Chicago Teachers Are Ready To Strike: Explore The Issues
Updated Oct. 12
Dollars and cents matter in any labor fight but in the battle over the Chicago Teachers Union’s contract, the key to avoiding a teachers strike appears to come down to finding common ground on a few issues related to the quality of the schools.
The CTU has set an Oct. 17 strike date if there’s no contract deal by then.
The two sides have been negotiating a new contract for months, with little movement on several big issues. The last contract expired June 30.
WBEZ has been tracking the demands and offers from both sides. Check below for the latest.
WBEZ highlighted six issues above, but a few are rising to the top as the most contentious.
The first big issue has to do with staffing.
The teachers union wants a written commitment by Chicago Public Schools in its contract of additional nurses, social workers, librarians, special education case managers and counselors. The union initially wanted set student-to-staff ratios in the contract, but proposed in early September hiring targets, a plan to create a pipeline of hires and some mechanism of enforcement.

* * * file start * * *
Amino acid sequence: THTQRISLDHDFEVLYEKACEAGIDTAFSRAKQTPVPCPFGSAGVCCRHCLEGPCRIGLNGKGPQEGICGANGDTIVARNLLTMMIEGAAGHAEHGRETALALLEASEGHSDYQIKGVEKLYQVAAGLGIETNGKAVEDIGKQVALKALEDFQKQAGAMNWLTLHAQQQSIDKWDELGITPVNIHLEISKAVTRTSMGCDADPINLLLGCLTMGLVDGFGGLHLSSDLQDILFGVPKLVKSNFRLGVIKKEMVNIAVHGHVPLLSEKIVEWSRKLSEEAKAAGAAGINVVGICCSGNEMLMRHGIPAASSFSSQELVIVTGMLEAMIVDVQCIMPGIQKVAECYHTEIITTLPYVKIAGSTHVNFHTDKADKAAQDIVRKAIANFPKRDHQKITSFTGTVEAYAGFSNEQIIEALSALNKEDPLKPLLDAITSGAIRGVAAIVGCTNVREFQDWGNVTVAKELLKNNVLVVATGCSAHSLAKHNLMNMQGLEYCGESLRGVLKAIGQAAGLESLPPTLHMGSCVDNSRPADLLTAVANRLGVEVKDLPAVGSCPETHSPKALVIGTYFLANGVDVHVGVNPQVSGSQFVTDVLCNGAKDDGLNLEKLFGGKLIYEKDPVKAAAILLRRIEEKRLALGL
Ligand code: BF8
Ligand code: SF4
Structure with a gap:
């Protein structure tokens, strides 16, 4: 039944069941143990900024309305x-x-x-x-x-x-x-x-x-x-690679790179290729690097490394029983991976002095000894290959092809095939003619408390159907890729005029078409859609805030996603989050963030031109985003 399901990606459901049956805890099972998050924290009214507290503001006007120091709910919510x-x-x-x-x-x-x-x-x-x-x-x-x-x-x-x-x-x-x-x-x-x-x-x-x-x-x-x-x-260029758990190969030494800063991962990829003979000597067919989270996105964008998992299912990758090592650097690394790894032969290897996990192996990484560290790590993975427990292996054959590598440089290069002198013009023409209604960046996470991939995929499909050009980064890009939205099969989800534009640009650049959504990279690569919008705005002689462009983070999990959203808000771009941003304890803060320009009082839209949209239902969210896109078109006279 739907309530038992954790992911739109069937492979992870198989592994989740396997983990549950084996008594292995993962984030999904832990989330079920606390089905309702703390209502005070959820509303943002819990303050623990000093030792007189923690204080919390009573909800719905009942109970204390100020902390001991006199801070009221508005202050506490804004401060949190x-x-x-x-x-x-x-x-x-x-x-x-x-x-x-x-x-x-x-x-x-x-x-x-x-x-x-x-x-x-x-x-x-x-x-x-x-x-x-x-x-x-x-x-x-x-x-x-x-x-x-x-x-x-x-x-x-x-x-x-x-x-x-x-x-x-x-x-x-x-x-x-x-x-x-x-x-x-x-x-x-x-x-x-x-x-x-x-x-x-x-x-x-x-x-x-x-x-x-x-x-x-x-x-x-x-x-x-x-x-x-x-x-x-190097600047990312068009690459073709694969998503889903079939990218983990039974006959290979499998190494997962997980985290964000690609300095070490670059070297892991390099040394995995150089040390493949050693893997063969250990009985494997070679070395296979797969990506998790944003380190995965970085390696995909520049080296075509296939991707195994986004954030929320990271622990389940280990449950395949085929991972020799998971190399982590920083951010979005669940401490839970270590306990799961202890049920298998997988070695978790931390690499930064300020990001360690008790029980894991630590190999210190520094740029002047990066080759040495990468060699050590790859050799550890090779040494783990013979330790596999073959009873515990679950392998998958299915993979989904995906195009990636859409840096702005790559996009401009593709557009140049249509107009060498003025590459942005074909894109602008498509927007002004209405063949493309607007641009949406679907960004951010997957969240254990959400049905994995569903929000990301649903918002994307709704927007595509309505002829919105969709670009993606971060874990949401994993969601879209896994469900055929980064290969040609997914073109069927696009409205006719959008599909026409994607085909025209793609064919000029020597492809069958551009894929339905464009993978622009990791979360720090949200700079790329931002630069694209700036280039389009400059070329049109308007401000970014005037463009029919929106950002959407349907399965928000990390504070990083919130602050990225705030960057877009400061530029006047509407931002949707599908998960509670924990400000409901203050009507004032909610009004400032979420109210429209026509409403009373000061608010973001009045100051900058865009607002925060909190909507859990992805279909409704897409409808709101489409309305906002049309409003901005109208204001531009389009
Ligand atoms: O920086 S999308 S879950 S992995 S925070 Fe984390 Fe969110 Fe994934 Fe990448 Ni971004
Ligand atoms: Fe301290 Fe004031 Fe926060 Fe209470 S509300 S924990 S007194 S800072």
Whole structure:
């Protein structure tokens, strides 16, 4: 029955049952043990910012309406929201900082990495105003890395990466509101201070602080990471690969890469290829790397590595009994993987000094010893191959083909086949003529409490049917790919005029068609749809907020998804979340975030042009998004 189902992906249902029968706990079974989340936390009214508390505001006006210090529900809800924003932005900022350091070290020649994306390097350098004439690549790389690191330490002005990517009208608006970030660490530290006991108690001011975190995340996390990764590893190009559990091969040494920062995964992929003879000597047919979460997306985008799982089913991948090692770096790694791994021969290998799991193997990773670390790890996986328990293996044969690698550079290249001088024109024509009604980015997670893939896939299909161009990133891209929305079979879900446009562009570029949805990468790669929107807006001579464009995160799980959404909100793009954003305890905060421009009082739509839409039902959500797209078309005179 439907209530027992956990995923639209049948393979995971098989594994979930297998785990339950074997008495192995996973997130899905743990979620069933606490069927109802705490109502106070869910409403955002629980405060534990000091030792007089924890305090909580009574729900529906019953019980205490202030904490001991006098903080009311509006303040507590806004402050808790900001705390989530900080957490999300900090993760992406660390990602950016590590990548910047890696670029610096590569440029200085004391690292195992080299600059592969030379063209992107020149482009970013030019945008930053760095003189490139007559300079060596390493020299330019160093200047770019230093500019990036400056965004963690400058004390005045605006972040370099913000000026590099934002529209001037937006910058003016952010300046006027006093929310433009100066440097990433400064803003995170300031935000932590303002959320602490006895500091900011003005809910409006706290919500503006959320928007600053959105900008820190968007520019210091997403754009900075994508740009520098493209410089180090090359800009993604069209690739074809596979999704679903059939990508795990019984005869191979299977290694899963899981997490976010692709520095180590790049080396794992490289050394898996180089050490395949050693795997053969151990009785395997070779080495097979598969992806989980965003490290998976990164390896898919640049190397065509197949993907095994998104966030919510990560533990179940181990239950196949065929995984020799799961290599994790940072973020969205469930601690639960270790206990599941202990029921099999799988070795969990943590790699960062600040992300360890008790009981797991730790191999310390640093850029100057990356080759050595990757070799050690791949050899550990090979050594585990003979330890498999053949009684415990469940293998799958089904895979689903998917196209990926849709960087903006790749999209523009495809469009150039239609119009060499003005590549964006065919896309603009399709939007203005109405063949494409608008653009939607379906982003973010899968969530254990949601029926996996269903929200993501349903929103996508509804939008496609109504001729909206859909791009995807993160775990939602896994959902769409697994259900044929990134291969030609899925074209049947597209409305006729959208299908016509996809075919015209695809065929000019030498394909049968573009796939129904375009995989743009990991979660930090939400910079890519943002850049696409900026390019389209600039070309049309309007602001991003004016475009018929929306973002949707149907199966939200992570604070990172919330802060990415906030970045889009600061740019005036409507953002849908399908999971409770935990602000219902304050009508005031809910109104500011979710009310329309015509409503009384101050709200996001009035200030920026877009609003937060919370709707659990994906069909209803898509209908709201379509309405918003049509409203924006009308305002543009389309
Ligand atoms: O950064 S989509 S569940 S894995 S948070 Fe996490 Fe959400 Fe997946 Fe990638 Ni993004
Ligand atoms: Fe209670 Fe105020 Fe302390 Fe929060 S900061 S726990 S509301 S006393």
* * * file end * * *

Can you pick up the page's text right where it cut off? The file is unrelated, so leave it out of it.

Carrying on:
The school district has been deeply resistant to putting these commitments in writing, saying it needs to maintain flexibility.
It has promised to significantly boost the number of nurses, social workers and special education case managers over five years, starting this year. But it does not want to lock that commitment into the teachers contract for fear that staffing shortages will hamper its ability to make these hires and it could face potential grievances from union members.
Another major sticking point has to do with class size limits.
Right now, CPS has advisory class size limits but they’re not mandatory. The Chicago Teachers Union wants to lower the limits significantly and make them enforceable.
Another other important issue to note: the CTU legally can’t strike over these two issues. State law only allows the union to strike over compensation issues. The union contends that state law only applies to the Chicago Teacher Union and is discriminatory.
That explains why CTU isn’t locking in an agreement over money. It likely wants to leave that until the very end, so it can continue to negotiate on its core issues.
Check back for regular updates as new offers are made during negotiations around these key issues.